Democrats debate at Drexel

The Democratic candidates wasted no time attacking one another at the presidential debate at Drexel University last night. The first attack was against Sen. Hillary Clinton, D-N.Y., and that seemed to be the pattern for

The Democratic candidates wasted no time attacking one another at the presidential debate at Drexel University last night.

The first attack was against Sen. Hillary Clinton, D-N.Y., and that seemed to be the pattern for most of the night. But Clinton kept most of her focus on getting President George W. Bush out of the White House and getting herself in.

Moderators Brian Williams and Tim Russert pitted the candidates against each other live on MSNBC.

Sen. Barack Obama, D-Ill., attempted to deflect his first question on whether or not he said Clinton was bad for the Democrats and acting like a Republican.

“First of all, I think some of this stuff gets over-hyped. In fact, I think this has been the most hyped fight since Rocky fought Apollo Creed, although the amazing thing is, I’m Rocky in this situation,” Obama said.

Obama went on to accuse Clinton of flip-flopping on issues of the war, torture and the North American Free Trade Agreement, but she wasn’t rattled. Clinton countered with comments on how she is the main topic of conversation for the Republicans at their debates, and that is because she is standing up against Bush and the Republicans.

Clinton kept most of her criticisms to Bush.

“Everybody agrees up here that President Bush has made a total mess out of the situation with Iran,” said Clinton, who also added that when she makes it to the White House, she will use diplomacy to deal with Iran.

Bush wasn’t the only Republican target of the night. Sen. Joe Biden, D-Del., called Republican candidate and former New York City mayor Rudy Giuliani the most under qualified candidate to run since Bush.

“I mean, think about it. Rudy Giuliani – there’s only three things he mentions in a sentence: a noun and a verb and 9/11. I mean, there’s nothing else,” Biden said.

New Mexico Gov. Bill Richardson made his presence known to the front runners and the public. Richardson said that he has the most international experience out of all the candidates and has gone head-to-head around the world as a United Nations ambassador and as a hostage negotiator.

Richardson also sent a few zingers Clinton’s way when he said she wasn’t electable.

“The last senator that was elected president was 40 years ago. His name was John F. Kennedy. We elect governors as president. Seven out of the last eight have been either governors or ex-governors,” Richardson said.

Sen. Chris Dodd, D-Conn., also said Clinton will not be able to reach the ultimate goal of getting a Democrat in the White House. He said it is critical to get the Republicans out of the White House in order to get America back on the right track.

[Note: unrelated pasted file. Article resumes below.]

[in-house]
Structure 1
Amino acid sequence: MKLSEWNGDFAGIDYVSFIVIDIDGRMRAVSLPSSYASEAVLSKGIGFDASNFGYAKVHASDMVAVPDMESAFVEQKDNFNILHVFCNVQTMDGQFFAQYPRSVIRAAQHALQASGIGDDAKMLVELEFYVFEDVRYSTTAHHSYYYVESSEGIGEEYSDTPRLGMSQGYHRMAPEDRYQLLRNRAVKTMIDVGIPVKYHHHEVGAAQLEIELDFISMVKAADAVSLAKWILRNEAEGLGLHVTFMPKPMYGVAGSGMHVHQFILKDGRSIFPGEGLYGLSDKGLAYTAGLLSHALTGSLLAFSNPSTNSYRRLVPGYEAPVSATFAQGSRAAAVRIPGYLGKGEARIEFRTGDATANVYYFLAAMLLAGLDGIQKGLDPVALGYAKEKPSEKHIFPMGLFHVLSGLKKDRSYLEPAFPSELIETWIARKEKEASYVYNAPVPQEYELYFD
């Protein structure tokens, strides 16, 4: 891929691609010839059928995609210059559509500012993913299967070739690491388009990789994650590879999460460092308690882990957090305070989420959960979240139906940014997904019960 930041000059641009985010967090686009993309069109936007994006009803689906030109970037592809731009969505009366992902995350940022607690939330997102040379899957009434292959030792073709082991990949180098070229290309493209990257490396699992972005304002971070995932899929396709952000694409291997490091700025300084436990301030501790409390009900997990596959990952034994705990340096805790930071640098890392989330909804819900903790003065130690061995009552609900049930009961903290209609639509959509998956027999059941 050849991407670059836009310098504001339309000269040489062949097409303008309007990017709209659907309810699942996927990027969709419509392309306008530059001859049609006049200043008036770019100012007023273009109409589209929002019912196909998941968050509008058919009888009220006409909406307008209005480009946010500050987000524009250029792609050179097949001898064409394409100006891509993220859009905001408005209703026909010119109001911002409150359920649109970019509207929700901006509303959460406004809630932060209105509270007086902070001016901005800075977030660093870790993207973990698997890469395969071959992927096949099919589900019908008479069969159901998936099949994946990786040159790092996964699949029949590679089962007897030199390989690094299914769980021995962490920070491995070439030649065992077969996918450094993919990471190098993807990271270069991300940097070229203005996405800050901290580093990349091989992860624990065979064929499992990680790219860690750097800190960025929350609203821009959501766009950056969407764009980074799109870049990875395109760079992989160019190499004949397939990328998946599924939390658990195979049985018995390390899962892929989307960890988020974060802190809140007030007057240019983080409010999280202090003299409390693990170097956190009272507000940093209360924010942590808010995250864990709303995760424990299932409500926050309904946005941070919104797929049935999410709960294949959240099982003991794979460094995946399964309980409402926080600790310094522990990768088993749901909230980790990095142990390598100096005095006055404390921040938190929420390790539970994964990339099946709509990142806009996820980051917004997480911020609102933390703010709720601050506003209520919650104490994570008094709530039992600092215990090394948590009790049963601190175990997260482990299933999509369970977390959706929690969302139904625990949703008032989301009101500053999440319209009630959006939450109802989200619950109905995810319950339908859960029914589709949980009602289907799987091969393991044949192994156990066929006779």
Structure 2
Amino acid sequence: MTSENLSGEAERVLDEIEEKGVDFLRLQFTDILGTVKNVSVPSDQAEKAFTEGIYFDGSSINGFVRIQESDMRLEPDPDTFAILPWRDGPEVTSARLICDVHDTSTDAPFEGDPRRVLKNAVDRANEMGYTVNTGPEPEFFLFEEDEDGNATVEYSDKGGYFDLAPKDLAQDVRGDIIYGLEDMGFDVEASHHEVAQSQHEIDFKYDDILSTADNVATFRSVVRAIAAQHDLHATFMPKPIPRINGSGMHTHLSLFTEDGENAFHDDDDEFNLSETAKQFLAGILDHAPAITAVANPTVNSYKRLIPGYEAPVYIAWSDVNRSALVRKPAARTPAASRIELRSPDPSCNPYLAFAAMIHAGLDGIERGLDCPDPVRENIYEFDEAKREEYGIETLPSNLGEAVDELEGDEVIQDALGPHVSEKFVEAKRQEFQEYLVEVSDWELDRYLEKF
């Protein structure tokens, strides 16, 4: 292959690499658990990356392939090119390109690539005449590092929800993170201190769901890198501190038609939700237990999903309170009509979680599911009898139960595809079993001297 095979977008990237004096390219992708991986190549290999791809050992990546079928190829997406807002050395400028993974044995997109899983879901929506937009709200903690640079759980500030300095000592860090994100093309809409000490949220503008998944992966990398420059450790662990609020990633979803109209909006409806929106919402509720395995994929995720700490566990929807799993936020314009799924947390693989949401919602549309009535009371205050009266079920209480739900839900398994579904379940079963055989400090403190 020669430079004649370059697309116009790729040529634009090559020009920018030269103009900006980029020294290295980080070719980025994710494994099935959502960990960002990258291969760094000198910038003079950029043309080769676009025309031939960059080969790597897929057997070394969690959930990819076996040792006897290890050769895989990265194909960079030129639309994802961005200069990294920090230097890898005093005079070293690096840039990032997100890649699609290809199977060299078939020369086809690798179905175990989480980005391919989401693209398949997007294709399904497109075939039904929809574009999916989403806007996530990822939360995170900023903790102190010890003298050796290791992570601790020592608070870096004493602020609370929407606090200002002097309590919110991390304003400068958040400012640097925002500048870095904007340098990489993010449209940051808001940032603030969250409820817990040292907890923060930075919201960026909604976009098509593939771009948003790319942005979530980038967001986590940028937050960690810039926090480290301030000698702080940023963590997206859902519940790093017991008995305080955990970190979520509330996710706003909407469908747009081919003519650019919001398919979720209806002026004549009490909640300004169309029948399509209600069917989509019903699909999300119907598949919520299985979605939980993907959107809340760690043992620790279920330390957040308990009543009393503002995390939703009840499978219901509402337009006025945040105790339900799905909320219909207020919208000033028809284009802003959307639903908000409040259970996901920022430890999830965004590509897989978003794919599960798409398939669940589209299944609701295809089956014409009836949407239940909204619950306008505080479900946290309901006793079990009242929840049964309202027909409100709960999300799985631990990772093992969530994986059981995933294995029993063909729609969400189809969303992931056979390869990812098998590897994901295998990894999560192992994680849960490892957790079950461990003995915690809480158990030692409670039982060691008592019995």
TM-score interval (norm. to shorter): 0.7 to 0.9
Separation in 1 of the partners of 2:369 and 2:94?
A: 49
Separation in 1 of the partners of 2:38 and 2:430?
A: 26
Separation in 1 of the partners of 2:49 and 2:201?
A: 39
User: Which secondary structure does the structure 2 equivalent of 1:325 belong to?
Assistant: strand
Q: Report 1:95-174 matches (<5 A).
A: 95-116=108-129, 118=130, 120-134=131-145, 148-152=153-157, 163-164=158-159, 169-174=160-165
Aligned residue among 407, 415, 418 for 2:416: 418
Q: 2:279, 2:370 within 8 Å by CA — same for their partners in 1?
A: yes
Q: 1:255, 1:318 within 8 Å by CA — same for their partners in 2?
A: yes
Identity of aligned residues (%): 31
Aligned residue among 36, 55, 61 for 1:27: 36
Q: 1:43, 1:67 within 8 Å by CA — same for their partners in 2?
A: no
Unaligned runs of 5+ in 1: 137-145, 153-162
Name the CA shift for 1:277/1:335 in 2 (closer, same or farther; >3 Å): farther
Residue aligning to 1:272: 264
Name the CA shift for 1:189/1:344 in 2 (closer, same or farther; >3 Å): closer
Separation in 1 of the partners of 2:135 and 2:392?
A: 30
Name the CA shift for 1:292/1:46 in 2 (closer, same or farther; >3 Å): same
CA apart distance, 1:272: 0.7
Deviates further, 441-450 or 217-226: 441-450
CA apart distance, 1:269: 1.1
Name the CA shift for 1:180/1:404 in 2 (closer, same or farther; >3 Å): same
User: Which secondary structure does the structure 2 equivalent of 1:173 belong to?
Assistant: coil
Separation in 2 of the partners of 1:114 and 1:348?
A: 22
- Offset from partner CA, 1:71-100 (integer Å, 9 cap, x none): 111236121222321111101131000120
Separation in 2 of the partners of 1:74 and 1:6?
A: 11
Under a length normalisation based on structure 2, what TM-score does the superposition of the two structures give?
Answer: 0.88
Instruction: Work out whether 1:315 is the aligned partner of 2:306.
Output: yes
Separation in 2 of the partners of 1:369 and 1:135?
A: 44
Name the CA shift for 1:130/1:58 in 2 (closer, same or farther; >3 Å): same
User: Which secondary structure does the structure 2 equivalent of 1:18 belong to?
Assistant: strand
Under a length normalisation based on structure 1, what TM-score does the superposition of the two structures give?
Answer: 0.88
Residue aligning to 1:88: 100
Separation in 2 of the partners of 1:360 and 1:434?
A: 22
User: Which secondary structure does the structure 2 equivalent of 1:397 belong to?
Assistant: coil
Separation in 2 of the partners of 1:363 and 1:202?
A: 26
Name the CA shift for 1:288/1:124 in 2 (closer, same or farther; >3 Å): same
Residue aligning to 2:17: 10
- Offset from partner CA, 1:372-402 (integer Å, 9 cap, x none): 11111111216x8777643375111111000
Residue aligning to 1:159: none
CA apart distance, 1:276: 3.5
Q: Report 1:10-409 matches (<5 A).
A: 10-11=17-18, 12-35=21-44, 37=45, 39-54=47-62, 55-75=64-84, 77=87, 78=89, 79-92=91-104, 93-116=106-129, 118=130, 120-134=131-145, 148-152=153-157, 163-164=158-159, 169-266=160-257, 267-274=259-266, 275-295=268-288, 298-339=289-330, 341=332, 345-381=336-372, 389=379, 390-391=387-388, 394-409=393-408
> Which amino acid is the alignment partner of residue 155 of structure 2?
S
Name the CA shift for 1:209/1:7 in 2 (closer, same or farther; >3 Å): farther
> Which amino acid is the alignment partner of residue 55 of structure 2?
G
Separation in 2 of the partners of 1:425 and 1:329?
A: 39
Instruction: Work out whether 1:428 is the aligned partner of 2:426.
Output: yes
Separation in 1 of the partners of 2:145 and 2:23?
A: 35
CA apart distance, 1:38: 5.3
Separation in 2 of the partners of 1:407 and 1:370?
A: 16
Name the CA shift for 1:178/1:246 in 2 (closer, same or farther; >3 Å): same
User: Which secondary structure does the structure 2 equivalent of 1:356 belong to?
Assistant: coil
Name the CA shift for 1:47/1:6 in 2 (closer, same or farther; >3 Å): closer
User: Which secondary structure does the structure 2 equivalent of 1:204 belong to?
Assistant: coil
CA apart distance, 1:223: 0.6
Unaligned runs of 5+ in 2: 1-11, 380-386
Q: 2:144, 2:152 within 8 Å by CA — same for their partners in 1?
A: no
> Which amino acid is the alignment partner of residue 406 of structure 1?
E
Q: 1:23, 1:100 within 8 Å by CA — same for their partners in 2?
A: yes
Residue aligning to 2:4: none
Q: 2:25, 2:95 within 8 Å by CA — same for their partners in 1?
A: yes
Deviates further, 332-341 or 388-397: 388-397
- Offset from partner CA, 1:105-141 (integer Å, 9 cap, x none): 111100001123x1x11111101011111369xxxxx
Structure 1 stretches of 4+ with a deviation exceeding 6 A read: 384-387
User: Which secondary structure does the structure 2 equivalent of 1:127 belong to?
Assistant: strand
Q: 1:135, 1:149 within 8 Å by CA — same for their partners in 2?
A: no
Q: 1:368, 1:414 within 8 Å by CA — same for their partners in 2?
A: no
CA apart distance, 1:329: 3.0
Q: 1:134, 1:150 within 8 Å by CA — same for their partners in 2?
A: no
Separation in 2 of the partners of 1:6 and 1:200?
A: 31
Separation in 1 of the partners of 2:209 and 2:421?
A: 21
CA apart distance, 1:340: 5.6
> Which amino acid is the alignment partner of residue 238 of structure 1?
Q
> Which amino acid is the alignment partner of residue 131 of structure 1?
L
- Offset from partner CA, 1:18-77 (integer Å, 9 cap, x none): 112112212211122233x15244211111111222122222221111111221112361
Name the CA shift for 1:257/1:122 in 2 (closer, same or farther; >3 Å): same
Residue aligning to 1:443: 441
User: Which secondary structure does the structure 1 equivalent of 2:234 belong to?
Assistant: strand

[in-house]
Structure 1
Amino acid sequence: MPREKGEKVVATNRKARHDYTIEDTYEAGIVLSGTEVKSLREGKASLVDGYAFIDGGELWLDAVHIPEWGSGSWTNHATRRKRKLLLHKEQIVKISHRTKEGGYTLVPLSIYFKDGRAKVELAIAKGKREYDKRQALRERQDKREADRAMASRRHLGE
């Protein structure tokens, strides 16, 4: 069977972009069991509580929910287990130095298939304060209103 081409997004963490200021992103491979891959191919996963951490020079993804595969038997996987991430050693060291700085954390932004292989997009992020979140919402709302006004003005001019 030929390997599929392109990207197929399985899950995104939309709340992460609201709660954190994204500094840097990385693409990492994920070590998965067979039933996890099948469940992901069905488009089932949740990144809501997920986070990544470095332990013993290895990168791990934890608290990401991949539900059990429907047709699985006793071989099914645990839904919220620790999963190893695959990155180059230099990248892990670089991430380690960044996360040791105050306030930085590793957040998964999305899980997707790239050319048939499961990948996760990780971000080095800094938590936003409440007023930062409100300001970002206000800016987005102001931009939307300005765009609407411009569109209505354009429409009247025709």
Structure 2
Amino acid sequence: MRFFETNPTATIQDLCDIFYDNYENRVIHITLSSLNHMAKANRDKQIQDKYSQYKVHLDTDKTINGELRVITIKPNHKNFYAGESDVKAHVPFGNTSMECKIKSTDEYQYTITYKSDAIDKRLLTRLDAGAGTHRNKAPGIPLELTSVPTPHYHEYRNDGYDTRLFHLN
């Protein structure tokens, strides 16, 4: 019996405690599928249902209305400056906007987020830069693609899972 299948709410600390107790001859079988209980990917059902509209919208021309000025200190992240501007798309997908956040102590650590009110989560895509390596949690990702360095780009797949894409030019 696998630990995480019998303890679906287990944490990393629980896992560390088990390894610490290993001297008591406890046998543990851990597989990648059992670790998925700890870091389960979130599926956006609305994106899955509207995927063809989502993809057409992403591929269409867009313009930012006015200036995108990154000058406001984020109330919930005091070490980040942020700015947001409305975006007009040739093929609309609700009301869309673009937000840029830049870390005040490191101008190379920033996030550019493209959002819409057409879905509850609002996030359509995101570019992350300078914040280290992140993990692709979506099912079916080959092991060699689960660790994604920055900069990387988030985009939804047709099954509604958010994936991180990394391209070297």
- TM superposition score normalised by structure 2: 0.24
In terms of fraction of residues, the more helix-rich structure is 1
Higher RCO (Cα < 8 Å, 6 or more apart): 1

“Whether it’s fair or not fair, the fact of the matter is that my colleague from New York -Sen. Clinton – there are 50 percent of the American public that say they’re not going to vote for her,” Dodd said.

U.S. Rep. Dennis Kucinich, D-Ohio, discussed his desire to push the insurance industry out of this race.

“Why shouldn’t Democrats stand for universal, single-payer, not-for-profit with 46 million Americans uninsured and 50 million Americans under-insured?” Kucinich said.

Former North Carolina Sen. John Edwards addressed the issue of the war in Iraq and promised the public that if he became president, he would pull out all of the troops.

“I think that we need to end combat missions; we need to get combat troops out of Iraq. And I will do it in my first year in office: combat missions ended, combat troops out of Iraq, period,” Edwards said.

Clinton rebutted that combat troops would need to stay in Iraq, but all other troops would be pulled out. She said that combat troops are necessary for pursuing missions against al-Qaida.

“If we leave any troops in, like special operations, to go after al-Qaida in Iraq, I assume that we don’t want them just sitting around and watching them. We want them to engage them. That is a very limited mission. That is what I have said consistently. I stand for ending the war in Iraq, bringing our troops home,” Clinton said.

The debate took a strange turn when Williams brought up that in actress Shirley MacLaine’s new book she wrote that Kucinich saw a UFO over her home and connected with the object. Kucinich jokingly said that he did see a UFO and that he’s going to move his offices to Roswell, N.M.

“You have to keep in mind . . . that Jimmy Carter saw a UFO and also that more people in this country have seen UFOs than I think approve of George Bush’s presidency,” Kucinich said.

The candidates will meet up again at the next Democratic National Committee-sanctioned debate in Las Vegas Nov. 15.

LeAnne Matlach can be reached at leannematlach@temple.edu.